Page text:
If you ask the average person to define what a film producer actually does, chances are they’ll have no clue. But ask people in the film industry, and answers will range from “schmoozer” to “control freak” to “solutions provider”. And hopefully you don’t get something like Chili Palmer’s response in Get Shorty: “I don’t think the producer has to know much.”
The latter quote was how Stu Pollard, whose credits include True Adolescents and Ira & Abby, started his “Producer’s Etiquette” panel at the Film Independent offices in Los Angeles on February 23.
In the barest terms, a producer’s job is to make sure a film gets made—and then watched—by any means necessary. Almost any means. Throughout the night, Stu illustrated how, aside from being in charge of the production from start to finish, it’s important for the Producer not to forget the little social niceties that make talent relationships hum, like wedding notes and good Southern manners. In fact, Pollard broke Producer’s Etiquette down into three areas that prove Producing is far from a 9 to 5 job.
“Do your homework,” said Stu, causing all of us college graduates in the audience to cringe. But he’s right. Dedicating time to learning about the films and filmmakers working their way through festival circuit and securing distribution deals is an important part of learning how to become a success yourself. Even a few clicks on IMDb or LinkedIn can give you a ton of information on the people you can potentially connect with for your projects. So go ahead, indulge in your stalking tendencies. It’s all part of the job.
But while reading into the lives of creators and their films for the sake of the art sounds fun, Pollard’s next advice took an interesting turn. “If you’re not willing to invest a little bit of money in your career, you’re going to get what you paid for.” But again, he’s right. Spending money on an IMDb Pro account or a Directors Close-Up pass? Money. Finding a potential investor or future collaborator in the process? Priceless.
This was possibly the shortest part of the session, because if you’re reading this you’ve probably attended a Film Independent event in the past—or will soon—and that’s already a good sign of your explorer side. Film societies, film festivals, film industry blogs and newsletters…if it can bring you to knowledge you didn’t know before about the environment you’ve decided to focus your career on, do it. Here’s a fun one, brought to you by Stu. “Statistically, it’s easier to get into Harvard than it is to Sundance.” The more you know, right?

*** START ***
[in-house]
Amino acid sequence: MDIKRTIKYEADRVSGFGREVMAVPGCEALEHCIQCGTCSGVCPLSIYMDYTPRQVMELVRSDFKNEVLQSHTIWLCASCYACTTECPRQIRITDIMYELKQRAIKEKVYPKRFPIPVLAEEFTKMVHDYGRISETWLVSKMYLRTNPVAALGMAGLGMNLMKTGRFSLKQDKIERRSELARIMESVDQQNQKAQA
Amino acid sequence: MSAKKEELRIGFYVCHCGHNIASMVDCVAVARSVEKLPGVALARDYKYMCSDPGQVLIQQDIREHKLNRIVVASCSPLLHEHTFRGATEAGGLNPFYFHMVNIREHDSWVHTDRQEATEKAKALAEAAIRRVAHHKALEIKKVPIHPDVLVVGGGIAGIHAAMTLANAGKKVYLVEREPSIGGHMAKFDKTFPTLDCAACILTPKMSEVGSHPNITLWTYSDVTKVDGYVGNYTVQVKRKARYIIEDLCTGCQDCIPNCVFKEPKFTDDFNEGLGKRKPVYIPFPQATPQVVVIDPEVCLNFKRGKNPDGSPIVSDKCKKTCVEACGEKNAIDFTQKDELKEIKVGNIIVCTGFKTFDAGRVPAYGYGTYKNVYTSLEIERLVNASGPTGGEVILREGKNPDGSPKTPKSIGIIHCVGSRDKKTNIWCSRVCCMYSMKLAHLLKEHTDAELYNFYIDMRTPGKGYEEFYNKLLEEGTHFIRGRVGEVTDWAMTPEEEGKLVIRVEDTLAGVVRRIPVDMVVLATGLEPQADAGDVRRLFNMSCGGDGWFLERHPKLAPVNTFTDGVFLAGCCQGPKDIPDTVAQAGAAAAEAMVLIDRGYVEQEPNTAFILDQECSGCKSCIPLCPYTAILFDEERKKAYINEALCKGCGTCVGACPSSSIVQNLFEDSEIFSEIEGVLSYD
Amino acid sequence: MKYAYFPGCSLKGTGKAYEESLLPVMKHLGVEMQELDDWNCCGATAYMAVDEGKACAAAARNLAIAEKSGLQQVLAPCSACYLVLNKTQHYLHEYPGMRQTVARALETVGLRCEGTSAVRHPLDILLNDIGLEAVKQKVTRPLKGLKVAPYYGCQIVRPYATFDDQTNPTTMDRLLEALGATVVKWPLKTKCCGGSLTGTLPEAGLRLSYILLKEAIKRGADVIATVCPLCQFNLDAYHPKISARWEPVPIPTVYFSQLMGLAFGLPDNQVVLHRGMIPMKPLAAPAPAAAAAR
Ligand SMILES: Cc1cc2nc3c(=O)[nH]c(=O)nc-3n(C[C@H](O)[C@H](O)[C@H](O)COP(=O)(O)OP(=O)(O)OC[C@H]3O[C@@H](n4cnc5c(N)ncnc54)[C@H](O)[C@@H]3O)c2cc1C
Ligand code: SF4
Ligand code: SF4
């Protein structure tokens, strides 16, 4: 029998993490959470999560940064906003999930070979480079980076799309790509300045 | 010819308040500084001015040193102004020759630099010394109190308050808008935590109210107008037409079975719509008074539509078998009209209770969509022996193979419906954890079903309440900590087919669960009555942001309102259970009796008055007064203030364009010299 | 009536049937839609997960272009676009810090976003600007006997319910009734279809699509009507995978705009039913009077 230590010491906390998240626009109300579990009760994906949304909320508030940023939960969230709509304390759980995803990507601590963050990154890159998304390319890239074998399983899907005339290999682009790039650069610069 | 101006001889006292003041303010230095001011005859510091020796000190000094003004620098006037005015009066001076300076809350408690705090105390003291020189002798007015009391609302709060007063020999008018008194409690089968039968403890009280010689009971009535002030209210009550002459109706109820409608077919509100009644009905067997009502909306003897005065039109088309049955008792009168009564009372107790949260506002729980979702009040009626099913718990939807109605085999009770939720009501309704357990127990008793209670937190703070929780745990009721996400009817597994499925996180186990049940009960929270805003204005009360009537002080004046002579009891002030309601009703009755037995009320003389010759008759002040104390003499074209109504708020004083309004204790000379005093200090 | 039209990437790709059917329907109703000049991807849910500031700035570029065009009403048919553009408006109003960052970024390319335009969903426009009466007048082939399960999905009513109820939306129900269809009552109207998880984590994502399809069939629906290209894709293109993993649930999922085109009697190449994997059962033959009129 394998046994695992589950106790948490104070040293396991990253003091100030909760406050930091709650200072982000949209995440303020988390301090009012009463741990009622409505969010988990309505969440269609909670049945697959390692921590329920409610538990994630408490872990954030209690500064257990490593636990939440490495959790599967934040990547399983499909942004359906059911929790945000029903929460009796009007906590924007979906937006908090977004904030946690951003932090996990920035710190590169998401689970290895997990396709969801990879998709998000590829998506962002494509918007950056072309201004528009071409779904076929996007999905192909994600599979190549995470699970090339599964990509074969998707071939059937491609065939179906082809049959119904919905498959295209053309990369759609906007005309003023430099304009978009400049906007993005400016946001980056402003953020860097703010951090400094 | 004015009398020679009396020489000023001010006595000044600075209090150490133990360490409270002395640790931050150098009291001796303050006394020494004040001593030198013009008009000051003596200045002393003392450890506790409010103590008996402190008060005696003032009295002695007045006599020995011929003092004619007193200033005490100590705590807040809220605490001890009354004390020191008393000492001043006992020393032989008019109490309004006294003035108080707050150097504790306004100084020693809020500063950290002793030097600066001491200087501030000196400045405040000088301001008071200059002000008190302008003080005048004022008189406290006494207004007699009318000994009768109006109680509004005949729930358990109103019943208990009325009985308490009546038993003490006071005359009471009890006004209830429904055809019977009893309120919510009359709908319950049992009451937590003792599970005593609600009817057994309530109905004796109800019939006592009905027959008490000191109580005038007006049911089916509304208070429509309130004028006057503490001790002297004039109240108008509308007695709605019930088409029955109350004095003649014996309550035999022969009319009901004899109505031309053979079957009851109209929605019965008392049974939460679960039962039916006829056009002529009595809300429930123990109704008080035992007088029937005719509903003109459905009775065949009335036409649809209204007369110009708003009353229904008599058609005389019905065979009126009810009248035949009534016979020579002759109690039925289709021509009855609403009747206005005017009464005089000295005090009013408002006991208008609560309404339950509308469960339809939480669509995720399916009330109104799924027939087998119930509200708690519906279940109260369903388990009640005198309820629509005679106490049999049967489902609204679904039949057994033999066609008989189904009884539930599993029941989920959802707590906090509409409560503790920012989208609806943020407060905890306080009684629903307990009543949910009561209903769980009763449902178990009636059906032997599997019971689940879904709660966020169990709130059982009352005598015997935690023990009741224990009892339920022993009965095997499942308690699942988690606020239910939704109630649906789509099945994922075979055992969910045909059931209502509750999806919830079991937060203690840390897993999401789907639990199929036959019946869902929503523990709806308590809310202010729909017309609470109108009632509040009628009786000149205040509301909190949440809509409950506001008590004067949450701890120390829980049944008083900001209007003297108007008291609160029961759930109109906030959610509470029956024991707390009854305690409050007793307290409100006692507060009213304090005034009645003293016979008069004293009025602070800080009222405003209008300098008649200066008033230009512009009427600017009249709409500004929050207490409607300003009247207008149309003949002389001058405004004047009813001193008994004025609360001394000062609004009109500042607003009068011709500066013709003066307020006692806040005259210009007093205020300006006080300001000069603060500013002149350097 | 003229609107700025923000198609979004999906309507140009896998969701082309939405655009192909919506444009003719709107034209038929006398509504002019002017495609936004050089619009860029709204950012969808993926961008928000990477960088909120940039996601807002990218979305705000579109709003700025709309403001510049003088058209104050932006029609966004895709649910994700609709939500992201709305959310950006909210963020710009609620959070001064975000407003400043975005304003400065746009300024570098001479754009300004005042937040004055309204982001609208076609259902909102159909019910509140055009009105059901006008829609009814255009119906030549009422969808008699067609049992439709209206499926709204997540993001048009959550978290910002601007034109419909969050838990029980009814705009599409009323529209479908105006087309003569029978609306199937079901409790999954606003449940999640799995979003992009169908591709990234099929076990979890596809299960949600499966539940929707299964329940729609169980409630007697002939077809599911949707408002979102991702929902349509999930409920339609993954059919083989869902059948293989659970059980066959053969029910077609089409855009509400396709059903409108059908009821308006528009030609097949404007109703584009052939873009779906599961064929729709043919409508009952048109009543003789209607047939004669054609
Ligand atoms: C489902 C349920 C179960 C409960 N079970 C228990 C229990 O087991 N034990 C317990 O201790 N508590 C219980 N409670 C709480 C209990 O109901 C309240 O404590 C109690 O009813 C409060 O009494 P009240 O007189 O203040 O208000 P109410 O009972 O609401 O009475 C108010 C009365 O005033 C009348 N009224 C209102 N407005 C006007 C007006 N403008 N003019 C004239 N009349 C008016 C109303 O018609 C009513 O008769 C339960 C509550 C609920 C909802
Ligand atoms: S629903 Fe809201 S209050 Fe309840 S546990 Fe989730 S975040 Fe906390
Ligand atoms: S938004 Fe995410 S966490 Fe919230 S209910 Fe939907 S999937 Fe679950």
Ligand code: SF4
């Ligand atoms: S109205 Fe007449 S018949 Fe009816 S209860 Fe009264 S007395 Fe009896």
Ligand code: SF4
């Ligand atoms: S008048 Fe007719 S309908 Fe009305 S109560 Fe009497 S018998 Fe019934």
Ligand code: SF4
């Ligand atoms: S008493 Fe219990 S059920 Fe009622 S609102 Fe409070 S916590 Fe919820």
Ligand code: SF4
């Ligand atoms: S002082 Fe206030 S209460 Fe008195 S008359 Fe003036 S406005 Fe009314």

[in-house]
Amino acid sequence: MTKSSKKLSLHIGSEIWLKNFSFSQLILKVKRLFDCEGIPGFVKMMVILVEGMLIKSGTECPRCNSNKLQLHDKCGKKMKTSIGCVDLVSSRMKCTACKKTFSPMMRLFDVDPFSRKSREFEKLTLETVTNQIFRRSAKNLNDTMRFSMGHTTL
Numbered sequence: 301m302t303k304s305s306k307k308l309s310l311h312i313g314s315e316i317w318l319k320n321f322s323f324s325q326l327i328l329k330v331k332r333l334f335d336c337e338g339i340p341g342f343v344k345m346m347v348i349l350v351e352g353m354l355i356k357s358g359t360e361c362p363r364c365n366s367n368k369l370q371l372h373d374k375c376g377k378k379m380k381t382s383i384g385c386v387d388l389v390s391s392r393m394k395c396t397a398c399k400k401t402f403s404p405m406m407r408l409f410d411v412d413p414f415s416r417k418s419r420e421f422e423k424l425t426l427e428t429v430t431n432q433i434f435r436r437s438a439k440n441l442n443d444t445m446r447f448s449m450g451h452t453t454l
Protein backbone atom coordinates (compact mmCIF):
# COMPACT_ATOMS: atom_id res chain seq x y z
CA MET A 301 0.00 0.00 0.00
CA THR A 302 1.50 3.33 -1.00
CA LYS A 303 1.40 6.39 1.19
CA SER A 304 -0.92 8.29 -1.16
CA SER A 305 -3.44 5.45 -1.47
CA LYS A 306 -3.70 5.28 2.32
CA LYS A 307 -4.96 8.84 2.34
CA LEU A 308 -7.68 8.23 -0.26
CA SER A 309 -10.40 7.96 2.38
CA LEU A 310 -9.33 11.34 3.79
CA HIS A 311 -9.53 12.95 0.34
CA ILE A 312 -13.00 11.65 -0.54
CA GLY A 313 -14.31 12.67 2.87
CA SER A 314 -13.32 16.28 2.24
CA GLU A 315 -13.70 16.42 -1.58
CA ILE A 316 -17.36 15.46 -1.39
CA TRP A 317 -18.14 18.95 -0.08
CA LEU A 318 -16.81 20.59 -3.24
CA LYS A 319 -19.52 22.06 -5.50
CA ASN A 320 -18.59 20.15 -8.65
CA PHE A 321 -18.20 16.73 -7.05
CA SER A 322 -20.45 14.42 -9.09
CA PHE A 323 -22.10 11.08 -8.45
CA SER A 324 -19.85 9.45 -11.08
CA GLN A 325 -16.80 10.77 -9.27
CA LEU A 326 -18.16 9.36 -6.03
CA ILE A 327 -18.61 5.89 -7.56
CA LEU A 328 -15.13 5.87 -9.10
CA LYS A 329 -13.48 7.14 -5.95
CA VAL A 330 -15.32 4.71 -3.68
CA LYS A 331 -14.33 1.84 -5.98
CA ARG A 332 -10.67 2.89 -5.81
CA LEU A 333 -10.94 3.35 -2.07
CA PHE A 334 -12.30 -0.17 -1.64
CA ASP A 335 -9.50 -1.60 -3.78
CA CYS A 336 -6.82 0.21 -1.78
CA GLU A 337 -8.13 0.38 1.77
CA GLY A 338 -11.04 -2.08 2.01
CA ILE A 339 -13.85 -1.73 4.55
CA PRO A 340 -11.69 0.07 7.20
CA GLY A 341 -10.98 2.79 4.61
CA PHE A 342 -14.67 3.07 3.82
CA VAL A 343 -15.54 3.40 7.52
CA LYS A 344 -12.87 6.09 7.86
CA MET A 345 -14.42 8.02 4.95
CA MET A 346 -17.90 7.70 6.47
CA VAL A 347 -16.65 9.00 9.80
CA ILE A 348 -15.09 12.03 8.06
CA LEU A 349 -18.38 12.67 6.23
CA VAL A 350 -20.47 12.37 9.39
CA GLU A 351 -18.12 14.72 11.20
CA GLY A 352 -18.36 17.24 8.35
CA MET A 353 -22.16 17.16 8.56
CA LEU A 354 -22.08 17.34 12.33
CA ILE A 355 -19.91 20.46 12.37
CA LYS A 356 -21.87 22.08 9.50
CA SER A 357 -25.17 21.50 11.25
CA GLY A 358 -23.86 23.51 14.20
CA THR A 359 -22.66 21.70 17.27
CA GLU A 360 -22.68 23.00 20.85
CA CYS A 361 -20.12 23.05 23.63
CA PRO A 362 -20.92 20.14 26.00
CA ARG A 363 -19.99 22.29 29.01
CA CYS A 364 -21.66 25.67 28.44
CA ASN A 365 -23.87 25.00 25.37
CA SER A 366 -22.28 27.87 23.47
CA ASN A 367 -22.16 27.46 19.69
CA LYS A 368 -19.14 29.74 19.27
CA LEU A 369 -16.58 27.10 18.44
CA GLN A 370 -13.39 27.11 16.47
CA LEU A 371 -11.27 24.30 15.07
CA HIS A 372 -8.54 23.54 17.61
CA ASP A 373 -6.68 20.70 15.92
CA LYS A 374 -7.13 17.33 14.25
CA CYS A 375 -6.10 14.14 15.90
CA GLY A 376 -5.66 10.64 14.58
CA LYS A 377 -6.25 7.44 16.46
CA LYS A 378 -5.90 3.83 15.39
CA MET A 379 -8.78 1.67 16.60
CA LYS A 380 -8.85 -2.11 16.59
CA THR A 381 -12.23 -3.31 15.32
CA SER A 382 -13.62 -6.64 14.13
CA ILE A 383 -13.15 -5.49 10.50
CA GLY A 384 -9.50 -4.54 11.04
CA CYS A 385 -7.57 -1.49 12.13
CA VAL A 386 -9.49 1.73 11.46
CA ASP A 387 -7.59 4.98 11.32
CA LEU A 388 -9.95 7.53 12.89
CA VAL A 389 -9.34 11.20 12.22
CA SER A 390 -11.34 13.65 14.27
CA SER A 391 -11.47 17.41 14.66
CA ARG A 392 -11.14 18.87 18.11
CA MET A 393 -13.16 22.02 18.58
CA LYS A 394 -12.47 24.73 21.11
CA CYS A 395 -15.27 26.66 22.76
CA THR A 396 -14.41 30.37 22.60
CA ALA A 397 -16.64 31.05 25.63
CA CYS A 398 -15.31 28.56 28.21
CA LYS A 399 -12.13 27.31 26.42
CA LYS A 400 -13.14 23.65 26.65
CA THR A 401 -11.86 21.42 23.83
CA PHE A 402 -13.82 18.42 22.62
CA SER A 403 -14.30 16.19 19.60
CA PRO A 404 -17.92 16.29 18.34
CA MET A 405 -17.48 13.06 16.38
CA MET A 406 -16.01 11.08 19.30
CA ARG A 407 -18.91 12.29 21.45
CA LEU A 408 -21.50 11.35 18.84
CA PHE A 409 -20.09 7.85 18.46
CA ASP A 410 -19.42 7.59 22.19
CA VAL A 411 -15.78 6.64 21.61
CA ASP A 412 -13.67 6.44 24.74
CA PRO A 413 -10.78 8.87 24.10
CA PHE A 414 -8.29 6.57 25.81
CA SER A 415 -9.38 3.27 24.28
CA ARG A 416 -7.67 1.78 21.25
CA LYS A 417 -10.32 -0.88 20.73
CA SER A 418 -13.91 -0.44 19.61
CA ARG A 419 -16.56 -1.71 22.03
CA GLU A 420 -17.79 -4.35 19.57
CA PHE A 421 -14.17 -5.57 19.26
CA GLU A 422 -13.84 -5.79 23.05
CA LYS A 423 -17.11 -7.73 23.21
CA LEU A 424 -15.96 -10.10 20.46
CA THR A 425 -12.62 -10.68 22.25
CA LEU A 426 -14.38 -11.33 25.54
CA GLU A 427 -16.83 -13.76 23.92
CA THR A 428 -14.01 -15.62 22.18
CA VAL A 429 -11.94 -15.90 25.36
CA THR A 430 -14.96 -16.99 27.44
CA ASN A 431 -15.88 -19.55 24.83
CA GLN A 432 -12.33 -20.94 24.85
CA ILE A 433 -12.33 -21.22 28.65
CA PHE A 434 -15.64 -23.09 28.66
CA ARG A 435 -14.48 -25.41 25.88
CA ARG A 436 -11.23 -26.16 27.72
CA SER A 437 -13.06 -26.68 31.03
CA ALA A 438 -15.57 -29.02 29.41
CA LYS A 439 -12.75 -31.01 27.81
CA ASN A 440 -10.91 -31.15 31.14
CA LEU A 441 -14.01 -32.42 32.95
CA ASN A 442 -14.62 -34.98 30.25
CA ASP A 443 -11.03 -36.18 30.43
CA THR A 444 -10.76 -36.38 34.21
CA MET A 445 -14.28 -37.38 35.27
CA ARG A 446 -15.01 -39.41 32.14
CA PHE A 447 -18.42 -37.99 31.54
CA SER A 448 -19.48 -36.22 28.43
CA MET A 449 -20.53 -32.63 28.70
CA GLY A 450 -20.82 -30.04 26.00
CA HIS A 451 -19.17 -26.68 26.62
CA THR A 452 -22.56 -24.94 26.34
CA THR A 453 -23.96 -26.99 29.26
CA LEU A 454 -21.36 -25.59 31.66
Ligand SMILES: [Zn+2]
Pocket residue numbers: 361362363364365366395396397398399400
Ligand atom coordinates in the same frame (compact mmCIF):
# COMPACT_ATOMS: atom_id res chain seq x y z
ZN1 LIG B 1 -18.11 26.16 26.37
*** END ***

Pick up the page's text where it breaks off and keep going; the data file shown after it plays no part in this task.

Up until this point, you might’ve been able to exercise your producer muscle just by preparing and exploring on your laptop while wearing pajamas. But making connections with other filmmakers in real life is a whole other world.
Let’s say you went to a Member Night at Film Independent a while back and found your cinematic soulmate, whose script you subsequently produced. Awesome! Then you did your research to find some accessible (or semi-accessible) industry person whose support you’d love to have for your project, and you connected on LinkedIn. What’s next? There are three important hurdles to clear:
THE MEETING PREP
“You really should have an entrepreneurial approach to how you represent yourself visually and professionally,” said Pollard. This led to a pretty cool tangent about business cards, which is a good first step to presenting yourself appropriately. However, the work of presentation continues all the way through how you decide to package and pitch your work.
“I have a very particular set of skills—skills I have acquired over a very long career.” Okay, that wasn’t Pollard. That was Liam Neeson. But the first part of preparing for a meeting is to decide what skills or experience you can bring to the table, rather than think you are there to be helped.
Another cool insight was the idea of having three pitches for your film: a one-minute pitch to lay it on the table, a five-minute pitch if they express some interest and a twenty-minute pitch to bring it home.
AKA, the first date. Whether you’re having your first general meeting, discussing a script, or talking numbers, never forget to say please and thank you, arrive early, sit up straight, hold their door open, etc. If you’re a “verbal nodder” learn to listen without the “uh-huh” and “right, right”. Pollard particularly stressed the importance of not using your phone. Don’t put it on vibrate, don’t even put it on the table for the 30 minute meeting. You’ll live. Use these seemingly insignificant gestures to show the person you appreciate their time. And since it’s the first date, the goal should be less about a physical outcome and more about what kind of relationship you can build with this person.
THE ART OF THE FOLLOW-UP
When was the last time you wrote a hand-written note? Think how much you’ll stand out to your potential collaborator if they pick up their mail one day and in a pool of bills and useless coupons they find your charming hand-written letter? Pollard recounted how he made sure to send every crewmember a hand-written note within two or three months of wrapping a production. That’s gratitude, ladies and gentlemen.
Wrapping up, Pollard summed up the art of producer’s etiquette by saying, “These things in and of themselves will change your life,” he continued, “Used tactfully and in tandem with one another, [they] can separate you from a lot of people out there who don’t think it matters.”